PARKERSBURG - Leaders of water utilities in Wood County are unaware of any imminent threats like the January chemical leak that affected 300,000 West Virginians and continues to leave many worried about their drinking water in the Charleston area.
"You have more industrial sites on the other side of the (Ohio) River near us" than on the West Virginia side, Parkersburg Utility Board manager Eric Bennett said.
In addition, the utility board, which supplies water to 15,200 customers in Parkersburg and outside city limits, draws its water from underground aquifers, which are less vulnerable to contamination by spills than surface water like the Elk River, into which chemicals from a Freedom Industries storage tank in Kanawha County leaked last month.
"The wells are much safer than a surface water inlet like they have in Charleston," Bennett said. "It's better protected. And you have filtration through the ground."
The cities of Vienna and Williamstown and Lubeck Public Service District also draw from groundwater.
The Claywood Park Public Service District, which supplies more than 7,000 customers in Wood and Wirt counties, uses surface water, drawing from the Little Kanawha River. General Manager Todd Grinstead said the most likely potential source of contamination would be oil and natural gas operations near the river and its tributaries.
"Within our watershed, there's dozens of operations," he said.
Oil and gas exploration and development sites are required by law to have spill prevention and countermeasure plans, including secondary containment for any materials that are inadvertently released, said David Belcher, assistant chief with enforcement in the West Virginia Department of Environmental Protection's Office of Oil and Gas. Those plans may include regular inspections by the company, and state personnel also perform random inspections from time to time.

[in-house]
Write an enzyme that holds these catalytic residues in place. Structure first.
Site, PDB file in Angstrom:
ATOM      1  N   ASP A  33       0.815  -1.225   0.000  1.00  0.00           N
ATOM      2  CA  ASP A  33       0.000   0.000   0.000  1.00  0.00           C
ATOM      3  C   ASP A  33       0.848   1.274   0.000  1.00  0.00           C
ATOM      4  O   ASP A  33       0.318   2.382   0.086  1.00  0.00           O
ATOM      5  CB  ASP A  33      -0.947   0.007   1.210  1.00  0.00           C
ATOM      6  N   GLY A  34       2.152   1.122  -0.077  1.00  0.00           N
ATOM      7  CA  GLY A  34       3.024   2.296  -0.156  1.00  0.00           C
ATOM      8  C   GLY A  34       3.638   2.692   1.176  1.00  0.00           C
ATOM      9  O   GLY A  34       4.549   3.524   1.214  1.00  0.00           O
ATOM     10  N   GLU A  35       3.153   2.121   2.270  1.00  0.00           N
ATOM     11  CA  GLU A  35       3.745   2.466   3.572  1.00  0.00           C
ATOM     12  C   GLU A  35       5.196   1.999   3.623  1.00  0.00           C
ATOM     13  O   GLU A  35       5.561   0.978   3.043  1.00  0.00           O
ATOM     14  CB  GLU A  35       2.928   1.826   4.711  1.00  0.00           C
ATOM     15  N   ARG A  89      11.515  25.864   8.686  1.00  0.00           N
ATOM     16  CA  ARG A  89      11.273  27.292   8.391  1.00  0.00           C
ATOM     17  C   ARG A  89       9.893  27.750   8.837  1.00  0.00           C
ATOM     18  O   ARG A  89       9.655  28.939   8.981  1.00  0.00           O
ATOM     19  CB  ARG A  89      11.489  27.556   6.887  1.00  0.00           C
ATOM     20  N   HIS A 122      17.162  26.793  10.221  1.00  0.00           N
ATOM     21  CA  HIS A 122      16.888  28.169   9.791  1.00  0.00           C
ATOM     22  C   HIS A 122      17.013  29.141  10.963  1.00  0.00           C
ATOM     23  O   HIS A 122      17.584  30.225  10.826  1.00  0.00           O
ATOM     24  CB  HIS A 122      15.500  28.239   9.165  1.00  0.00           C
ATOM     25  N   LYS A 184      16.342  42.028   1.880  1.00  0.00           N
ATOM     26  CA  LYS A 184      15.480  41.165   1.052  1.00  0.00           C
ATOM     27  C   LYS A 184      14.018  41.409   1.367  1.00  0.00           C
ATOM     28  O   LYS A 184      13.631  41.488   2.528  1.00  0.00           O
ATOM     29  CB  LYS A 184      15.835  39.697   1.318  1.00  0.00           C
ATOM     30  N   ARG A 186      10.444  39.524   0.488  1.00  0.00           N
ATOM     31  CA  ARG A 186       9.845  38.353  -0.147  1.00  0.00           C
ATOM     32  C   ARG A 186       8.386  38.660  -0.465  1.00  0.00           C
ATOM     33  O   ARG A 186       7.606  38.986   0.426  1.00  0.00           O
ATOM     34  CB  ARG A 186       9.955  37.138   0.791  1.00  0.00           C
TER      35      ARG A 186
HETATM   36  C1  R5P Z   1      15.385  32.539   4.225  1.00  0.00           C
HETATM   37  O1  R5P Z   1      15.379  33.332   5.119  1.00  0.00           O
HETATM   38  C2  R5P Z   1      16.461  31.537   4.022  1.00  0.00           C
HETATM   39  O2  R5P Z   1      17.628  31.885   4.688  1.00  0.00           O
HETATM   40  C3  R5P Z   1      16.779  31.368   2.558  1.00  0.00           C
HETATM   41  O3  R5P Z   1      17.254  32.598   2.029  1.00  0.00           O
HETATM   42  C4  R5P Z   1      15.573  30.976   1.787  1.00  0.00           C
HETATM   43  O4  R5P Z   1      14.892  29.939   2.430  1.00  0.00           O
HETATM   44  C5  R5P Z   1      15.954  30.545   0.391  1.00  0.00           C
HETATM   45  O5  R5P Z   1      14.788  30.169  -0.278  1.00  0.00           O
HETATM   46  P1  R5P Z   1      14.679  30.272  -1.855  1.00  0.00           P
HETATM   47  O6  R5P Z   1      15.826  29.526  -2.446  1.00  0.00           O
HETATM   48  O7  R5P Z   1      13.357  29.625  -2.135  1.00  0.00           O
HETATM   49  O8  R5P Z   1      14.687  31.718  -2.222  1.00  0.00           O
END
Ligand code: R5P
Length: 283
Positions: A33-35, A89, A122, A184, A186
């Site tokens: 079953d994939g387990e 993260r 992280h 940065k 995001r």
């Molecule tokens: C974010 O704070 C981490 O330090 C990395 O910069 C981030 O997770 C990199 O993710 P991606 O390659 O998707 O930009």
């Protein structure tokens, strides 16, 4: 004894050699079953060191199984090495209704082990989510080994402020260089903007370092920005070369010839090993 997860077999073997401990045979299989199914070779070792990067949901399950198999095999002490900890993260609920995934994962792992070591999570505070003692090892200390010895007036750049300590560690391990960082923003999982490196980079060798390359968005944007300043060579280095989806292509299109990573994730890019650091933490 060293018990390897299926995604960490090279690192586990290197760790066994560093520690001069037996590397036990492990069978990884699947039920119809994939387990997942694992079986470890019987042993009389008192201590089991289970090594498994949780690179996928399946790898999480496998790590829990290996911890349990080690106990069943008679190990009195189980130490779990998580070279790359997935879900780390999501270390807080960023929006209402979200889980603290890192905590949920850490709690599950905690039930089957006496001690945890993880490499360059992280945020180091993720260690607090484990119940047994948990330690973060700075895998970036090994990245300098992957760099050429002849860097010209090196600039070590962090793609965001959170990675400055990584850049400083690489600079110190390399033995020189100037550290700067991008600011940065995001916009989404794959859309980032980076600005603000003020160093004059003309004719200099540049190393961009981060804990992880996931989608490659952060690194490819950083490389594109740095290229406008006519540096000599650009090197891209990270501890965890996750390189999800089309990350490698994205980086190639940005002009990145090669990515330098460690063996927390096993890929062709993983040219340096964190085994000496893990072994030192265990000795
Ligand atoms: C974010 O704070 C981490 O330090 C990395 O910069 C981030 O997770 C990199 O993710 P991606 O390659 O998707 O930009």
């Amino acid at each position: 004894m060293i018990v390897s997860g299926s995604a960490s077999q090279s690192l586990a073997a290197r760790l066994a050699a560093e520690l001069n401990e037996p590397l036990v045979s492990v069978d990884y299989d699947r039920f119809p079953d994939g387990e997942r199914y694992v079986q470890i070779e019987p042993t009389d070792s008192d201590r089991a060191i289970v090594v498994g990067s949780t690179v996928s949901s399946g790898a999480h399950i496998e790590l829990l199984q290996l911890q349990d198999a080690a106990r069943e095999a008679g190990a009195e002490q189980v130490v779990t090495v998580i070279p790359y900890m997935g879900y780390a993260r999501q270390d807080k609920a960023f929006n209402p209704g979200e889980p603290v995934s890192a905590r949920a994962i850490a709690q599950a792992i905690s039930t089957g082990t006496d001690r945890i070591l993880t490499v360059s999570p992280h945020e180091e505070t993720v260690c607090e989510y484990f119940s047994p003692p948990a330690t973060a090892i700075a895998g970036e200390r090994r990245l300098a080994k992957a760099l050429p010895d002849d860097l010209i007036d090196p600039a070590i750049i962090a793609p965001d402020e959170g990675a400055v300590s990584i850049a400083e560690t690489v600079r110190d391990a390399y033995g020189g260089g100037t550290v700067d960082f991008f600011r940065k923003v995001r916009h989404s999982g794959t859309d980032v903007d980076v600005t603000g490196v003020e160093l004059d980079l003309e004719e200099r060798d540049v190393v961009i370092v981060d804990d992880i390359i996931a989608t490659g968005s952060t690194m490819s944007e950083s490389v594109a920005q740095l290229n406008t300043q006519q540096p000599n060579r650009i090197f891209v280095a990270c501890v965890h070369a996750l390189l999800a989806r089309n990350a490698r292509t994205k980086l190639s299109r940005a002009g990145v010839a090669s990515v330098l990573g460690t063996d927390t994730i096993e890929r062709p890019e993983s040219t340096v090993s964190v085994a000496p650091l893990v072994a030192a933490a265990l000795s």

Claywood Park has multiple options when it comes to protecting against contamination of the Little Kanawha.
"We operate eight hours out of 24, so if we have a known contamination in the river, we can actually shut it down and not pull it into our intake," Grinstead said.
If the contamination lasted too long for that to be viable, the district has the ability to get water from the Parkersburg Utility Board and the Union Williams Public Service District.
Like other water utilities, Claywood Park also has treatment measures in place to remove contaminants from the water, and the raw water is continuously monitored, Grinstead said.
Tom Aluise, spokesman for the West Virginia Department of Environmental Protection, said there have been 10 calls to the state's emergency spill line since March 2011 in reference to incidents that involved the Little Kanawha or its tributaries, excluding sewage bypass situations caused by excess precipitation.
The reports ranged from a rusty container floating down the river to diesel fuel spilled at a gas station in Calhoun County. At least two calls referenced the same incident, and at least one occurred downstream of Claywood's intake.
Grinstead said none contaminated the district's water supply.
While groundwater may be better protected than surface water, it is not immune from contamination.